salt marsh - blackpoolsixthasgeography

advertisement
WHY
The Essex coast makes up about 8% of the English
coastline with over 80% designated as sites of Special
Scientific Importance. This coastline is vulnerable to
erosion with increasing pressure from Global warming
and the settling of the South East due to Isostatic
readjustment causing a sea level rise of 6mm per year,
increasing the erosion of the coastline and encouraging
coastal squeeze. The flood defences were also coming
to the end of their effective life and needed replacing
to continue their protection of the coastline.
COASTAL SQUEEZE
Area Squeezed
50% lost in 25yrs
Erosion of Mudflat and Salt marsh
Sea Wall
Prevents
Migration
Mudflat and Salt marsh areas
migrate inland, reclaiming land
Erosion of Mudflat and Salt marsh
POLDERS
A polder is an area around the estuary which is fenced off to encourage
deposition of sediment. There are 26 polder sites along the Essex
Coastline. This fence is made of willow hurdles which increases the
sustainability of the project.
Polders encourage the development of the salt marshes as the fences
reduce the energy of the waves which allows the build up of sediment and
the encourages the establishment of plants through calmer waters.
As the salt marsh develops, the polders decompose, reducing negative
visual pollution created through the fencing. These polders are ideal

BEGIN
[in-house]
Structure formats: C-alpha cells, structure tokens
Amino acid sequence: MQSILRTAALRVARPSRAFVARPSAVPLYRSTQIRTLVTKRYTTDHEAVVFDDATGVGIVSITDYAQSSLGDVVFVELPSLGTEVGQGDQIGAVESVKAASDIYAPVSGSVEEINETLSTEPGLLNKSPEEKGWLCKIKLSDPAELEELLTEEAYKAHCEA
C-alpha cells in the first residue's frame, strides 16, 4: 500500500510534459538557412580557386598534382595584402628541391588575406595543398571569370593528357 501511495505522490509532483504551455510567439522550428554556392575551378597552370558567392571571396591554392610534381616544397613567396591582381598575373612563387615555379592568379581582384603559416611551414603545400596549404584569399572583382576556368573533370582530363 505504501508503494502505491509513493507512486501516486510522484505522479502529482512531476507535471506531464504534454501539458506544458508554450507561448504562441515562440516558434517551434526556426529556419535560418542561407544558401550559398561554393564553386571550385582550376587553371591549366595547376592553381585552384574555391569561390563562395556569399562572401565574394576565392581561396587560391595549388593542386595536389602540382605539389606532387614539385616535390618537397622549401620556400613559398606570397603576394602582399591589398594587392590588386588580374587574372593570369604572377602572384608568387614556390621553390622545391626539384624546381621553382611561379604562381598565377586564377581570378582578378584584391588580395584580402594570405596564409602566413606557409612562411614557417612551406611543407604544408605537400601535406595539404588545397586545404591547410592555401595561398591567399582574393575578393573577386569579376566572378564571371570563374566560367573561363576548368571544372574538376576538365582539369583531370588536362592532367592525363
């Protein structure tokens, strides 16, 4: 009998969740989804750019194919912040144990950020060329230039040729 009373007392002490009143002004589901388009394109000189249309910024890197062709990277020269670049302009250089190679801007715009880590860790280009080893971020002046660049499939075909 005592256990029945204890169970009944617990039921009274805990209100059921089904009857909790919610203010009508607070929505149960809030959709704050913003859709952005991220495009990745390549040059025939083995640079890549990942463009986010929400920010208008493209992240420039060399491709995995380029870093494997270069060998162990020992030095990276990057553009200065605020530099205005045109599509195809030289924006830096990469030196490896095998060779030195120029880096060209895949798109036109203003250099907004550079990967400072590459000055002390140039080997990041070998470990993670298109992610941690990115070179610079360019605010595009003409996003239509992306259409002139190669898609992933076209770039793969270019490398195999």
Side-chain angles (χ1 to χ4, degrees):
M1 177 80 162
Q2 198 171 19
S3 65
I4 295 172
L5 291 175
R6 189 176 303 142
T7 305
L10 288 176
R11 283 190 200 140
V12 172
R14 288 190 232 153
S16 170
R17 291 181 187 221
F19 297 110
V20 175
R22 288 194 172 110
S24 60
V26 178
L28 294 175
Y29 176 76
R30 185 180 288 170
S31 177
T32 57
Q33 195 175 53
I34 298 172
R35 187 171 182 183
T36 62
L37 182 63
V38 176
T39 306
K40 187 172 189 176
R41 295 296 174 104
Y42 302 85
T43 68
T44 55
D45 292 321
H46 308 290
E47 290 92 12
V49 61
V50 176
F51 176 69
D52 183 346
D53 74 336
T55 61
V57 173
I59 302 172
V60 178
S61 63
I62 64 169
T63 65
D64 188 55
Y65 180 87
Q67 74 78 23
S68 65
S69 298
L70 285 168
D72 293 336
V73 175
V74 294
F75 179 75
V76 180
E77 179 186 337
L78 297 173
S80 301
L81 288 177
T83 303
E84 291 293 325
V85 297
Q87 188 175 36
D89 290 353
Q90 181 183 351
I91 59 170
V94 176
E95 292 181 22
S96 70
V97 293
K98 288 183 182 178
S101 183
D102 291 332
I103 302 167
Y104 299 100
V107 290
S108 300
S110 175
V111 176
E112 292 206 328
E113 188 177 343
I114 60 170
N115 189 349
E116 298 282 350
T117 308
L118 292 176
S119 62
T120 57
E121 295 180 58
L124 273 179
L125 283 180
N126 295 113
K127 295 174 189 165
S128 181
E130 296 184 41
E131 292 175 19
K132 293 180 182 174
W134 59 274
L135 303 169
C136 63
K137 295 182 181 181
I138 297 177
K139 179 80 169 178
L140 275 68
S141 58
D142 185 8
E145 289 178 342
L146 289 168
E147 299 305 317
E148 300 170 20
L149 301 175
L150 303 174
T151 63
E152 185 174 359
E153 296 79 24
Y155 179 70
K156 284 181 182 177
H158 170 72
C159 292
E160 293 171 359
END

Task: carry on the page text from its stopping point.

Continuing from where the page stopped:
environments for birds such as herons and red shanks reducing the
environmental impact of other sea defences.
Abbotts Hall Farm is a 700 acre farm on the Salcott Channel of the Blackwater
Esturary. In the last 25 years 50% of saltmarsh has been lost to the sea along the Essex
Coastline. At Abbotts Farm Hall the sea wall was deliberately breached in October
2002. This was to encourage the growth of salt marshes onto 300 acres of Abbott Hall
land originally reclaimed by the construction of the sea wall over 3000 years ago.
The breaching of the sea wall was timed to precede spring tides, allowing each tide to
float in seeds from the existing marsh outside the breached wall. By midsummer,
thousands of new salt marsh seedlings were covering the fields. The development of
81 hectare of mudflat, pioneer salt marsh and coastal grassland had begun.
The pressure on sea walls elsewhere along the
Blackwater Estuary have been reduced
£500, 000 has been saved in sea defences
A natural defence against flooding has been created
New wildlife habitats, i.e. inter-tidal mudflats and
salt marshes have been created
DISADVANTAGES
ADVANTAGES
Salt marsh, which is rare in Europe is flourishing
A certain amount of land will inevitably be lost in this
process while beaches are being built up.
Settlements, farmland and other property is
destroyed.
There is a need for compensation to land-owners.
It may interrupt communications so new roads and
pipelines might need to be laid.
Download
Related flashcards

Polynesian languages

33 cards

Islands of Africa

14 cards

Islands of Vanuatu

45 cards

Islands of France

17 cards

Create Flashcards